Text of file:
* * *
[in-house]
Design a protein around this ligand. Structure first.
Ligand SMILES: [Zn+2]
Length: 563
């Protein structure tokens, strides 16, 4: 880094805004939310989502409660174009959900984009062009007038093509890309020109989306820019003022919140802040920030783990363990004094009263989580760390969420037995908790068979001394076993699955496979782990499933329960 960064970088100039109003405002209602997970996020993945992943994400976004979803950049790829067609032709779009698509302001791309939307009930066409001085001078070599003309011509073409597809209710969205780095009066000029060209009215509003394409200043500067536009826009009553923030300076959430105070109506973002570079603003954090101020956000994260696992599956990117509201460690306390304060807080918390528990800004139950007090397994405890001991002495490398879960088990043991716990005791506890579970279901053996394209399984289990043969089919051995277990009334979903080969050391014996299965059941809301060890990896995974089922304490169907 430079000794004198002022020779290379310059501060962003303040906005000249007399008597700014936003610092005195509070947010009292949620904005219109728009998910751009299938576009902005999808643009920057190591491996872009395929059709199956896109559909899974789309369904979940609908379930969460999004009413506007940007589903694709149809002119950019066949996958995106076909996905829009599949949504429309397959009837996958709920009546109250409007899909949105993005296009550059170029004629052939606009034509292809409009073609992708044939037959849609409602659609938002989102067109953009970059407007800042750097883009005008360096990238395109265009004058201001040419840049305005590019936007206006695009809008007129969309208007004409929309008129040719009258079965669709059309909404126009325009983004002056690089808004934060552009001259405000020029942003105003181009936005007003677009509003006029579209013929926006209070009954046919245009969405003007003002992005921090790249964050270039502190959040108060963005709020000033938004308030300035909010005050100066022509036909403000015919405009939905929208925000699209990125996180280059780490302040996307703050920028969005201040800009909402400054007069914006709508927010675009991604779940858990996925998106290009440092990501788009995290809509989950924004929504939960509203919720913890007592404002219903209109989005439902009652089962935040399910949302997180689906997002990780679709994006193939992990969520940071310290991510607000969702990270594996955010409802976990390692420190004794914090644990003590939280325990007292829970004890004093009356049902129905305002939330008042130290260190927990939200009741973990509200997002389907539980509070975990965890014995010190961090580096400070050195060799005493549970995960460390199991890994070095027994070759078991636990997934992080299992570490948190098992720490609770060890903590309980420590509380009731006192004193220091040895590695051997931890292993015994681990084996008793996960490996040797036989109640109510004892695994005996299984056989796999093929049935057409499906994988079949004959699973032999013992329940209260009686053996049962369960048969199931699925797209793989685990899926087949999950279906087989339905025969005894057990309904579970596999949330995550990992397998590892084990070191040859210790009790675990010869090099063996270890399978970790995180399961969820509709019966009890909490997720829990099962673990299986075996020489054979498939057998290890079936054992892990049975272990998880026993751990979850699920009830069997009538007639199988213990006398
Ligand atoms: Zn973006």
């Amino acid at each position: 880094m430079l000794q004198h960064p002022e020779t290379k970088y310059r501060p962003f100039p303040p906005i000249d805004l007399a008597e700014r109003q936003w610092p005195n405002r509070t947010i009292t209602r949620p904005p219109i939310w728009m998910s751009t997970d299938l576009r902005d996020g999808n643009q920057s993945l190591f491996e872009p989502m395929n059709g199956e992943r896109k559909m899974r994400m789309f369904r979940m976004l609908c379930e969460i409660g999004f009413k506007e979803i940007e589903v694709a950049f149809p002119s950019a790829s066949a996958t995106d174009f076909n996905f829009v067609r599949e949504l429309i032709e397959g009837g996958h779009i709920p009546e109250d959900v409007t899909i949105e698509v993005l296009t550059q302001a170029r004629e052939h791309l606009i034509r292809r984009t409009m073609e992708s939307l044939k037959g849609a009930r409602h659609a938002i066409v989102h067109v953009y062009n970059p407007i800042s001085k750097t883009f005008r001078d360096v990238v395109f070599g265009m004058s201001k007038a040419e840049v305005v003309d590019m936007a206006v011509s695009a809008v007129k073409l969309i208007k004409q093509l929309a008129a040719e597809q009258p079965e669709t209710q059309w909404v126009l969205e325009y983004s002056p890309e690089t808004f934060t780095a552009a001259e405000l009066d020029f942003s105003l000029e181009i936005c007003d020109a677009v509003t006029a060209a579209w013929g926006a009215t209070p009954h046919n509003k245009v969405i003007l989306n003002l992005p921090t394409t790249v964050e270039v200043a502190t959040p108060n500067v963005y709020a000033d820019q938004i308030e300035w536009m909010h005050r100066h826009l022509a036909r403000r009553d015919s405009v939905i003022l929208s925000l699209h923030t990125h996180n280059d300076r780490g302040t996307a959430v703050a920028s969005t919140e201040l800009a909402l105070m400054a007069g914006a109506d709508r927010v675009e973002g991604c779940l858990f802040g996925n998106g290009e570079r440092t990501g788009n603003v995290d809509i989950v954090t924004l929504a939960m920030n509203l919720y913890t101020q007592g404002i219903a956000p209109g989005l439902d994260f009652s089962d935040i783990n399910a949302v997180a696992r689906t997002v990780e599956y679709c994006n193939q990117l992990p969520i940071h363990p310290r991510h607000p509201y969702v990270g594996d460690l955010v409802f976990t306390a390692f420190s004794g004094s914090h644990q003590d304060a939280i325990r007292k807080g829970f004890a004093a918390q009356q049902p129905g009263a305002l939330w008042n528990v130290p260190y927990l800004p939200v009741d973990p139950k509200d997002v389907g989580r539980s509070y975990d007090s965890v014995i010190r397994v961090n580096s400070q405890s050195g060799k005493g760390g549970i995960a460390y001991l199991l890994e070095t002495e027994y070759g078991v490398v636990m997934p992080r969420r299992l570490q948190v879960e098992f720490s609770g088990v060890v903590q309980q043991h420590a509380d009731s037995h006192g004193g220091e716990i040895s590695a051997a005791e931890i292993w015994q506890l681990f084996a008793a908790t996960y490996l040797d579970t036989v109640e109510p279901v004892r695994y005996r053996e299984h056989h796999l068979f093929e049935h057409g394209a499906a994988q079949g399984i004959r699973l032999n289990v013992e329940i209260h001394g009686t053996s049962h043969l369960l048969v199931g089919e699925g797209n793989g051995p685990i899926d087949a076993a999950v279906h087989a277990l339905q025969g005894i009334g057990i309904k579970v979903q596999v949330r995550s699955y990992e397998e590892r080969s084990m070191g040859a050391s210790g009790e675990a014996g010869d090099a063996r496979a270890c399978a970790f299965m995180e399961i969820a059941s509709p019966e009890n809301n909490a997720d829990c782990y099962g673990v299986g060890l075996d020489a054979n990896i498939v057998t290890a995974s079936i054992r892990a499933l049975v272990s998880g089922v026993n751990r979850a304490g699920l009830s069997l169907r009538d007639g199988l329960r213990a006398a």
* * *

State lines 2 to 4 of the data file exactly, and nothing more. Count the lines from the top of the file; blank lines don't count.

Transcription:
Design a protein around this ligand. Structure first.
Ligand SMILES: [Zn+2]
Length: 563